Can Utilitarians Properly Esteem The Intrinsic Value of Truth?

The Obvious Intrinsic and Instrumental Values of Truth It is prejudicial and fallacious to assume that the world is an inherently just place and that all the traits we idealize as virtues will always lead to the best possible outcomes. So if we are to be honest and realistic in assessing those traits which are [Read More...]

In Memory of Christopher Hitchens, A Nietzschean Lion

Christopher Hitchens was not fond of Nietzsche. When I picked up his Portable Atheist I flipped to the table of contents to see what Nietzsche selections he’d included. And saw none. None?? Possibly the most famous, unabashed, and irreverent atheist of all time was not worthy of inclusion in Hitchens’s compendium? A brief remark found [Read More...]

Asking Richard Wade About The Ethics of Lying To Stay In A Protective Closet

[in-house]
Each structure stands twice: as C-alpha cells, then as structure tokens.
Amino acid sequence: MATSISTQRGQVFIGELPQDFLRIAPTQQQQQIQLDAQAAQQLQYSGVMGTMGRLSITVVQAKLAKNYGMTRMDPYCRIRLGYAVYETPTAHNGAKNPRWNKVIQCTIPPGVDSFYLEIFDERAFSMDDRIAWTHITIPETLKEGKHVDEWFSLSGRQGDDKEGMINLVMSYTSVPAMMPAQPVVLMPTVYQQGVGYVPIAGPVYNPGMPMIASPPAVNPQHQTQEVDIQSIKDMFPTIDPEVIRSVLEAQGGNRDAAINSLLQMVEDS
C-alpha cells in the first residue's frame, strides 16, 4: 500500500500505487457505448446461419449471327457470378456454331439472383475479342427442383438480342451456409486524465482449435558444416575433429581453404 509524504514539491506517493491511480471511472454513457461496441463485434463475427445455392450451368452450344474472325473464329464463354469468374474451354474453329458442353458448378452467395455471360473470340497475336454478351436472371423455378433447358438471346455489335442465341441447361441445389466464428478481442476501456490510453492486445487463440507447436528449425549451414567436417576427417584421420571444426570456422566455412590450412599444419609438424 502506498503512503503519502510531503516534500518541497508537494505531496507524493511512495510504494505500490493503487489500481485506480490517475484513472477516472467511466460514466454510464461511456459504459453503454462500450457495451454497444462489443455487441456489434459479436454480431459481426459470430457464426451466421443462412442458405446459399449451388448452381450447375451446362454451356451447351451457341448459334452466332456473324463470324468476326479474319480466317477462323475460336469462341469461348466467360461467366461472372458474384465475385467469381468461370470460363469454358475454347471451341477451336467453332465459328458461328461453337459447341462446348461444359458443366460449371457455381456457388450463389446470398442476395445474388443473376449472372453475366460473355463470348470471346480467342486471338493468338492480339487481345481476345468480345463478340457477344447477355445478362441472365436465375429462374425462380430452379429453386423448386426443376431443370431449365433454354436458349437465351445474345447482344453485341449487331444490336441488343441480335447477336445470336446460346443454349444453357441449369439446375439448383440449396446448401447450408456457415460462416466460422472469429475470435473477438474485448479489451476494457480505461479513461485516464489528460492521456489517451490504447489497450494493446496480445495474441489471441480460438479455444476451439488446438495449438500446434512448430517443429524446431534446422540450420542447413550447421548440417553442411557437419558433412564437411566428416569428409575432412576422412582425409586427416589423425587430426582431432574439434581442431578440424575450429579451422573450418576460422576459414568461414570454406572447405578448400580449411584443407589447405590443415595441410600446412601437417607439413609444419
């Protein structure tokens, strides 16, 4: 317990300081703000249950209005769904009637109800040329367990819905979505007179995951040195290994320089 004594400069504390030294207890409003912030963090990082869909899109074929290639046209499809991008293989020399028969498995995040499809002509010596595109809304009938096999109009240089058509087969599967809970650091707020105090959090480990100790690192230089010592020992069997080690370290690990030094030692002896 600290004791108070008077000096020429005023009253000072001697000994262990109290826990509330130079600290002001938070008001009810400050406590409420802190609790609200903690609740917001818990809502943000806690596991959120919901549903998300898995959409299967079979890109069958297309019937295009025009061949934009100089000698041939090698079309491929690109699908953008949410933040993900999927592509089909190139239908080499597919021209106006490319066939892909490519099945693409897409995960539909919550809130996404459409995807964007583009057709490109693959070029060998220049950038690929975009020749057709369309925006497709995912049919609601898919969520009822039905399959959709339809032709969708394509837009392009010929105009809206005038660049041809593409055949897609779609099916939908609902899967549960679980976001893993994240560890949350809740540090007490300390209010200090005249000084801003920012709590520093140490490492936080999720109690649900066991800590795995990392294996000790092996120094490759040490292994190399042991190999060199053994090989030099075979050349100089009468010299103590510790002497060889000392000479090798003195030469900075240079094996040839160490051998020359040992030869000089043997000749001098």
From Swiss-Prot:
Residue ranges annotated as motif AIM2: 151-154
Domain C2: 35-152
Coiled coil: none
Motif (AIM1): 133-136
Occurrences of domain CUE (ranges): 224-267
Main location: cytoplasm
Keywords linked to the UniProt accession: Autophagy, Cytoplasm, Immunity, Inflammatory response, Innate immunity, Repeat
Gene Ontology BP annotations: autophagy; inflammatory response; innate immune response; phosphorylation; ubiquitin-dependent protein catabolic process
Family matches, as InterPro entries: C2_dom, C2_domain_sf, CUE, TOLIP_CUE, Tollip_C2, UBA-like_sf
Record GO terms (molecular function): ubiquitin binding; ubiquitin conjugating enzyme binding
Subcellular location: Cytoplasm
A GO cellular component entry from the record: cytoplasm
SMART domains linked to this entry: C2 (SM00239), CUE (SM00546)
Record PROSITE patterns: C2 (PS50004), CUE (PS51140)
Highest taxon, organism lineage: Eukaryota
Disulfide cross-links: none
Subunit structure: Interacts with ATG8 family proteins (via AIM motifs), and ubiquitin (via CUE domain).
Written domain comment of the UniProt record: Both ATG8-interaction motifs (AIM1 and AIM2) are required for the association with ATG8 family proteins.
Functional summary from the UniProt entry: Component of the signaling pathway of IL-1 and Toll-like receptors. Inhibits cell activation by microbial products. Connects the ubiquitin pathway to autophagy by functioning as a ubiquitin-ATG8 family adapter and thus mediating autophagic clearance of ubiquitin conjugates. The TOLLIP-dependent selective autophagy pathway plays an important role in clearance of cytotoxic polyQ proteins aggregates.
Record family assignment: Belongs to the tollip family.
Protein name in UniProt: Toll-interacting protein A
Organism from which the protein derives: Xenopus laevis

In four previous posts, I have discussed with the Friendly Atheist’s advice columnist Richard Wade the origins of his “Ask Richard” column, the nature of family conflicts over atheism, the problems with forming one’s identity based on one’s beliefs (or non-beliefs), and how atheists should respond to the possibly religious dimensions of Alcoholics Anonymous. In the installment of [Read More...]

Apostasy As A Religious Act (Or “Why A Camel Hammers The Idols Of Faith”)

In “The Three Transformations of the Spirit” in Nietzsche’s Thus Spoke Zarathustra: A Book for Everyone and Nobody, Nietzsche’s Zarathustra describes the human spirit as successively taking three different forms: the camel, the lion, and the child. The transformations begin with the spirit of the camel, which Nietzsche characterizes as consisting of obedient, self-sacrificing, reverential, [Read More...]

Why Camels With Hammers?

Evangelos has asked and it’s a good question, so here’s a brief explanation: It’s a combination of two images in Nietzsche.  The camel comes from “The Three Transformations,” a section of Thus Spoke Zarathustra.  He is there describing transformations that the “spirit” must undergo.  First it must become a camel.  The camel represents austere, ascetic, [Read More...]


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